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In Canada, Patients With Cystic Fibrosis Survive Longer Than U.S. Counterparts [VIDEO]

Update Date: Mar 15, 2017 02:00 AM EDT
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Patients with cystic fibrosis in Canada survive longer than Americans suffering from the same disease. A new research found that there is a difference between the two, begging the question as to why it exists.

Cystic fibrosis is a disease which affects the lungs, digestive system and other body parts. It changes the way the body produces mucus and sweat.

The study comparing the survival of patients with the cystic fibrosis in Canada and the U.S. was published in the Annals of Internal Medicine on March 14. Based on data from 42 Canadian clinics and 110 centers in the U.S., the median age of survival in both countries between 1990 and 2013 went up.

But compared to the U.S. patients, the survival rate in Canada in 1995 and 2005 rose more quickly. Not only is the median age of survival in Canada 10 years longer, the risk for death from cystic fibrosis was also 34 percent lower than in the U.S.

More cystic fibrosis patients in Canada had access to lung transplant - 10.3 percent received transplant compared to only 6.5 percent in the U.S., one of the reasons that may account for the longer life span. The researchers also found that the U.S. patients with private health insurance did not fall too far behind the Canadians who all benefit from a universal healthcare.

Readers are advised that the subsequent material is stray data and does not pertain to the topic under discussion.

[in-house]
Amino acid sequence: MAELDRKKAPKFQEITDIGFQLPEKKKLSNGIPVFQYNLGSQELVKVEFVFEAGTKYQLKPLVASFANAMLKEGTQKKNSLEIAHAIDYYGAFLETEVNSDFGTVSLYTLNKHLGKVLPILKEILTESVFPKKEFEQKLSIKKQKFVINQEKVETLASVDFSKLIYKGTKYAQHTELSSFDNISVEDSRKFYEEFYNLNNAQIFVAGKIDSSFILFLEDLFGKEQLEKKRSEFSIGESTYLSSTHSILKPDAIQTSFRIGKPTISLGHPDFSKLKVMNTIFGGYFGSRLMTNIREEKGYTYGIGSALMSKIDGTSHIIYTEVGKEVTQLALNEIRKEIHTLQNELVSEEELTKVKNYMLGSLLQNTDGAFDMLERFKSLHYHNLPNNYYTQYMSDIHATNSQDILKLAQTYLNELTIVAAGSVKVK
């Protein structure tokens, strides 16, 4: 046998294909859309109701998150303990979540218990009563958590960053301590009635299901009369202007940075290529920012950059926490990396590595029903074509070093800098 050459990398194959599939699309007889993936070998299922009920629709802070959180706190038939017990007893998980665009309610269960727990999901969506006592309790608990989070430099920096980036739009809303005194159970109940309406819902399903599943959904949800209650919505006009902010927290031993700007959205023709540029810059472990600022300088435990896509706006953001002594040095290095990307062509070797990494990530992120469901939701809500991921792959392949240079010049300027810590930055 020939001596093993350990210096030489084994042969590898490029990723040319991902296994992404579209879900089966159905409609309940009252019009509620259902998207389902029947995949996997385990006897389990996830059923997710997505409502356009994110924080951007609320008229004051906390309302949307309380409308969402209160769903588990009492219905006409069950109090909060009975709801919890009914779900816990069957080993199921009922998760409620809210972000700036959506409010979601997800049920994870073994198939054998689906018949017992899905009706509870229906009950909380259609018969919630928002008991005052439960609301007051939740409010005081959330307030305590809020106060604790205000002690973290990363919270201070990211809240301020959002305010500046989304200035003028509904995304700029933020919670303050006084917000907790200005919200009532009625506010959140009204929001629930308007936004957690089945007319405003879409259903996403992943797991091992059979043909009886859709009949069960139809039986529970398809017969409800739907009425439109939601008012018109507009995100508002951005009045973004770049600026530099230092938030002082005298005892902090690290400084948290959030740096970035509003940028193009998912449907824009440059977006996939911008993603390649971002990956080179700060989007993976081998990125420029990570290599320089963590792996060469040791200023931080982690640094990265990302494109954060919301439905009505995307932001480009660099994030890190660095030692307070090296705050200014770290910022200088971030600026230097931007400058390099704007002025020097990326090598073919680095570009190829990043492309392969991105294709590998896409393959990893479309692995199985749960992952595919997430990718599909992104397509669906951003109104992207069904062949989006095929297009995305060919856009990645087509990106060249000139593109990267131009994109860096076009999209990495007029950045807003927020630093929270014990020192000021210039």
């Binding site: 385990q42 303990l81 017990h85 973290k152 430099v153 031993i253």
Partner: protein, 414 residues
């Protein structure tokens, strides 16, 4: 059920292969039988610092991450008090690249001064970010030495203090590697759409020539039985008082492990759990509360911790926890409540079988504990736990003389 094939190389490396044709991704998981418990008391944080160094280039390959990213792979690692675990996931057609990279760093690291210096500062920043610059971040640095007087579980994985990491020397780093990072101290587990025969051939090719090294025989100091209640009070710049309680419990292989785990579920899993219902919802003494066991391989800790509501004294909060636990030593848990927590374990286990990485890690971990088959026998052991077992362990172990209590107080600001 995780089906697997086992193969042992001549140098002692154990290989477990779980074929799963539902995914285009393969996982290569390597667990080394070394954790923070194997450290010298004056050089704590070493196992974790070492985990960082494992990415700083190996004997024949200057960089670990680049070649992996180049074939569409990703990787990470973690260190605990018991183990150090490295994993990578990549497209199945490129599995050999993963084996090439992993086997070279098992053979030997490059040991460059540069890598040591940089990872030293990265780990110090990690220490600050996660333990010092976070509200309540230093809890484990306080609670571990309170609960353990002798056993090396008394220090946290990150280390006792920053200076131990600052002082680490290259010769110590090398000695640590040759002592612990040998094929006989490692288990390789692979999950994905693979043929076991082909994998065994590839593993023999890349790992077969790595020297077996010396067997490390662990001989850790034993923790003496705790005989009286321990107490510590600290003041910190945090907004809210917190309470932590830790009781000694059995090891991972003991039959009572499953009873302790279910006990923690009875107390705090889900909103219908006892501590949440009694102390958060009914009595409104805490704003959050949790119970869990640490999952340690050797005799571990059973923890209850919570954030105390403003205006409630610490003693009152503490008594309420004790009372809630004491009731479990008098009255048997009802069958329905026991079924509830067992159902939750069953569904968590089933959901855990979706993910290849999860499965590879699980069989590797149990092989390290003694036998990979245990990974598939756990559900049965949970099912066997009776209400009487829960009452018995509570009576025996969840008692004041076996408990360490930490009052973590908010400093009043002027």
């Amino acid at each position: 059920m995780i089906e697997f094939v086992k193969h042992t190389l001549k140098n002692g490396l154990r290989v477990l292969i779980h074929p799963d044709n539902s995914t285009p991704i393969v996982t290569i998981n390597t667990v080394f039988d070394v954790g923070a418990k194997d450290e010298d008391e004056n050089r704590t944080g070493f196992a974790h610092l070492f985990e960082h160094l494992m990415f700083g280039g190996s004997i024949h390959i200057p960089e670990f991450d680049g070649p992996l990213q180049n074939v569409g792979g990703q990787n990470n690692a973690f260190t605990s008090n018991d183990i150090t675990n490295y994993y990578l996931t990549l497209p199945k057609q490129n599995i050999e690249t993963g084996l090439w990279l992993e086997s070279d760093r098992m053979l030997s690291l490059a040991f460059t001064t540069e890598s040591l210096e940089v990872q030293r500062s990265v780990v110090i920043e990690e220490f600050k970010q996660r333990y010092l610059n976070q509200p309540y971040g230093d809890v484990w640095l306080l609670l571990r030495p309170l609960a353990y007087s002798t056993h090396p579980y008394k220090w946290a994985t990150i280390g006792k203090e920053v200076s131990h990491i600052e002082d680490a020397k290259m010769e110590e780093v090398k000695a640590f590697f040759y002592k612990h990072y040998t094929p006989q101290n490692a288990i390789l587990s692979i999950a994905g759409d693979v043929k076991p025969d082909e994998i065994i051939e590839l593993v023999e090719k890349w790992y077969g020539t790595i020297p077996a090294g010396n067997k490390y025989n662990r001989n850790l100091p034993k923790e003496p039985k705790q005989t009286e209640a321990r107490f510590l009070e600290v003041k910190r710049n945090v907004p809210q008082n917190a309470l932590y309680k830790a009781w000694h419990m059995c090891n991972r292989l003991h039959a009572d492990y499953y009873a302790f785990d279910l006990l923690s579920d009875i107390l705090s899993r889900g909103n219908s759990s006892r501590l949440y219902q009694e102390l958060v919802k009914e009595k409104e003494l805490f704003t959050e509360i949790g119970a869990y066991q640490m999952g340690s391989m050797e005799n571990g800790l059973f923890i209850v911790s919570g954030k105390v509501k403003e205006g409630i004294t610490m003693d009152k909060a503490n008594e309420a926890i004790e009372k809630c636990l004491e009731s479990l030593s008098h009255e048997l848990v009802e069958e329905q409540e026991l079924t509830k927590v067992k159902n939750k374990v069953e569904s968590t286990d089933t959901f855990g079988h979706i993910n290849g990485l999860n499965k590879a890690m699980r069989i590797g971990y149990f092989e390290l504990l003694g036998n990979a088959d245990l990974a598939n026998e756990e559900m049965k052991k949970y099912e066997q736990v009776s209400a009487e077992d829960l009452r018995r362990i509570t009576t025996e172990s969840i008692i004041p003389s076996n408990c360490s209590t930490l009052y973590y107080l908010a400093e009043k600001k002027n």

There is no known cure for cystic fibrosis as of date. It is a genetically inherited disease, according to WebMD. When a person receives two bad copies of the gene called CTFR from each parent, the body will then produce inappropriate levels of salt or water making the mucus too thick or the sweat too salty. It leads to the inability of the body to receive the right amount of oxygen and nutrients, or lose the same through sweat.

Newborns with cystic fibrosis taste salty when kissed. Older children often have respiratory diseases, cough up thick mucus, develop polyps in the nose and have wheezing or shortness of breath. Symptoms also include stomach pain, constipation, foul-smelling stool, low bone density, weight loss and clubbing of the fingertips and toes.

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